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Problem description: I'm trying to define a pl/python aggregator that receives a set of rows and returns a set of rows, for every set of rows generated from a query. The input set of rows should be a group generated with the group by statement in a query. I'm trying to find my way through the syntax, but I'm having a hard time with that. pl/pgsql functions are welcome, but I'm afraid they may lack the expressive power to do this.

Context description: I have a table with three columns: ticker symbol, date and value. I'm trying to calculate the macd for each ticker symbol and date according to the values I have. I can group and sort the table by date, then all I would have to do is for each group calculate the value of the aggregator for that date according to the current value for each ticker and the previous value for the aggregator, which I guess I will store in SD, then all I have to return is a set of rows with that value, and possibly the ticker to make a join, but I think it should be possible to preserve the order and save the time of a join.

This is how the table would be created:

create table candles(ticker text, day date, value real,
  primary key (ticker, day));

Here you can find an example in Java (pseudocode-ish) that shows how the groups (group by day) should be processed after sorted by ticker. In Java these groups are represented as an ArrayList, since they are sorted by ticker, the same position corresponds to the same ticker (database is checked on generation so no records are missing) and since they are grouped by day every group has the values for the same day and the next day than the previous call.

PD: I've also added the code to calculate MACD in pl/pgsql but for this I order by ticker and day, I'd like to order by day and do all the calculations for all the tickers in a loop, because that should be more efficient, specially considering the final output has to be ordered by day to be consumed in this way.

If there is anything that is not completely clear please ask me, I'm trying to be clear and concise.

Thank you very much.

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up vote 1 down vote accepted

Sorry if the description was confusing. I solved the problem I was facing by:

  1. creating arrays from the values I wanted to group by using a subquery. select array_agg(x) from y group by z order by v;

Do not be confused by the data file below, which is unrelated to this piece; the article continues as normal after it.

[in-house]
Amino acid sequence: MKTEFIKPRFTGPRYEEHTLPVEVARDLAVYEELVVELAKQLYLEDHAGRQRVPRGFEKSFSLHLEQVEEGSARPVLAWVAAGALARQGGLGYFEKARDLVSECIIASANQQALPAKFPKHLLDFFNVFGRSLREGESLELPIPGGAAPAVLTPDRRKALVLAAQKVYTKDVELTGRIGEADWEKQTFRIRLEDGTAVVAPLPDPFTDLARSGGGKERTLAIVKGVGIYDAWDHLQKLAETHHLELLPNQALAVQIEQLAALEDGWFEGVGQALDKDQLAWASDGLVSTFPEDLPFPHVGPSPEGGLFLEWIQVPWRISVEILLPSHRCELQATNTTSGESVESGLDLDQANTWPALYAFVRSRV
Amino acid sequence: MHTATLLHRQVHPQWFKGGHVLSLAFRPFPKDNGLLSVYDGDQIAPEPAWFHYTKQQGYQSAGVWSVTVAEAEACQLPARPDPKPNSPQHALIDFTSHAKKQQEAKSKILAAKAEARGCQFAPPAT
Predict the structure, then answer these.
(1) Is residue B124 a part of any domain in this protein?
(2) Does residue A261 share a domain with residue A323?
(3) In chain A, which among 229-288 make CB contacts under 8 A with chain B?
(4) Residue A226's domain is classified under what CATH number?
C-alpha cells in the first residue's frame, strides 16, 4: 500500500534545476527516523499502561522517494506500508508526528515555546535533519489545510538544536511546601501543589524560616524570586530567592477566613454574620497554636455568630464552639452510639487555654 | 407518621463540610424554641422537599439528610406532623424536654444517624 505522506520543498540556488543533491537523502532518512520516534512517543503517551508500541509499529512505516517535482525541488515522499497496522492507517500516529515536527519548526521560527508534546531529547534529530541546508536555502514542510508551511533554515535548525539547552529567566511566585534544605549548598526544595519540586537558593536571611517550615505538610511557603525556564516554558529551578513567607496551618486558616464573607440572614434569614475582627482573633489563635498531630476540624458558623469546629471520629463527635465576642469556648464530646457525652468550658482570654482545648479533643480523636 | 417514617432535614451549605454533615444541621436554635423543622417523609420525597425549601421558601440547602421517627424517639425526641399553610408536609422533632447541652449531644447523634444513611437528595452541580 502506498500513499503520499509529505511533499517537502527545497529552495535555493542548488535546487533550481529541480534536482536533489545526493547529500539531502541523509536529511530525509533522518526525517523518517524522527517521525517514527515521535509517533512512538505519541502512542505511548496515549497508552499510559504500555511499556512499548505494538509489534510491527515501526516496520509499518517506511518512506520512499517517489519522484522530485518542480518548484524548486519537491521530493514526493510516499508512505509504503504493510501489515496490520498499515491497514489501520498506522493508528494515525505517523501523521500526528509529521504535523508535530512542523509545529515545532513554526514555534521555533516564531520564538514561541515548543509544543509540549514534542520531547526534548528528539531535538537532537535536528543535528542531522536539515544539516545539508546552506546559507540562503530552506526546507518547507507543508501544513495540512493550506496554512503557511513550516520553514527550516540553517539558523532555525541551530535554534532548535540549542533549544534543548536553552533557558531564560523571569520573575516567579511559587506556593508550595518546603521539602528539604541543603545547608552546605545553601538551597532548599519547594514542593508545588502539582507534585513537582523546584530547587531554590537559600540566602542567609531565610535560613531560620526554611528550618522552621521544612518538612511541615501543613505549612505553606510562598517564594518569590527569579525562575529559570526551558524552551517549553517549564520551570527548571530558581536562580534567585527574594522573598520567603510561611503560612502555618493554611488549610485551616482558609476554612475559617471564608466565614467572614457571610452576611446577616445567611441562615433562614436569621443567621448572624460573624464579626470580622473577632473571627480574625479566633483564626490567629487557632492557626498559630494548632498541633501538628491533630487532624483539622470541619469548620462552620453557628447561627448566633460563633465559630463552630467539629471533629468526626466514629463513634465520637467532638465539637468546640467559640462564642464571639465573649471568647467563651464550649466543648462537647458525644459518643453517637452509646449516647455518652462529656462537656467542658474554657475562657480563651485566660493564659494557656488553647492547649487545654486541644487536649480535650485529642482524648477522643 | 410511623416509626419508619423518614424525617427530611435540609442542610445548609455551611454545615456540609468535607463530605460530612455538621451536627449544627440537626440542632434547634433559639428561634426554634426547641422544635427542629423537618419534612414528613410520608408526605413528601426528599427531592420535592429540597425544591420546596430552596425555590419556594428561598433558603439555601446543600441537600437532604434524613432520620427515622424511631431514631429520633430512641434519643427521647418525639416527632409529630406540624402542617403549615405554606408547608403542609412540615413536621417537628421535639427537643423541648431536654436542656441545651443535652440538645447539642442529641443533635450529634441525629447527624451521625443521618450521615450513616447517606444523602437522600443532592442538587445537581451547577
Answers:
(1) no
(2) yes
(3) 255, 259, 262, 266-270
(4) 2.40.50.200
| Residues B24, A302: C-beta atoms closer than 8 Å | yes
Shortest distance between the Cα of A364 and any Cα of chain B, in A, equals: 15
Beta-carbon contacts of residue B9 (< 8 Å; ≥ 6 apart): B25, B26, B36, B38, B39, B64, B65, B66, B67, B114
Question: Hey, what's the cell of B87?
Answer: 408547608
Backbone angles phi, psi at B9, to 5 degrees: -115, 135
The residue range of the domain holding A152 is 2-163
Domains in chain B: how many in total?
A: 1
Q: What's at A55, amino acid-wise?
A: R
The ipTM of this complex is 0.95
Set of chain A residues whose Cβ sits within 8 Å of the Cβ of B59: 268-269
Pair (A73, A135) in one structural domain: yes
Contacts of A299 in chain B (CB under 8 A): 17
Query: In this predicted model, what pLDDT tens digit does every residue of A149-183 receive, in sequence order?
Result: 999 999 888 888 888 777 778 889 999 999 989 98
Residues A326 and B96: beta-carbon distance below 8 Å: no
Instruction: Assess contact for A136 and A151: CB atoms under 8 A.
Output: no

2. creating a function that accepts the arrays, just by adding [] to the parameters description. And an aggregator for that function.
  3. using the aggregator and the subquery in the final query.

It was fairly easy, but I didn't know about the array type and all its possibilities. Sorry and thank you.

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I'll take a shot in the dark now that I've looked at what you're trying to do.

Select symbol, value
from a_table_with_three_columns
where date = '2012-01-05'

Just some 'stack overflow' tips for us column names as 'value' or 'date' instead of your actual column names or neglecting table names results in us only being able to give silly pseudo code like above that won't work directly in your DB. In the future, give us your table name and columns...preferably the table create statement.

So above sql will give you all records and their value on that day. (I'm assuming your data is a single day and not hourly time slots). Now we can take that query and join it to itself except for a previous day:

select a.symbol, a.value - b.value
(Select symbol, value
from a_table_with_three_columns
where date = '2012-01-05') a
inner join
(Select symbol, value
from a_table_with_three_columns
where date = '2012-01-05')b
on a.symbol = b.symbol

This will give you a list of the symbol and the difference between values over two days. With a little modification, you can do this join on a datediff function and include the date as part of your data set. This would return symbol, day, and the difference of values from day previous. I can step you through that part as well, though I'd appreciate better schema data from yourself so I don't need to use 'a_table_with_three_columns' ;)

share|improve this answer
Pseudocode is fine, my colleagues keep writing code in Spanish (don't get me started with that), so it's not going to work on my DB, but I can produce the pseudocode by myself. I'm adding that info and some more in the OP. Thank you. – Trylks Jan 31 '12 at 12:06

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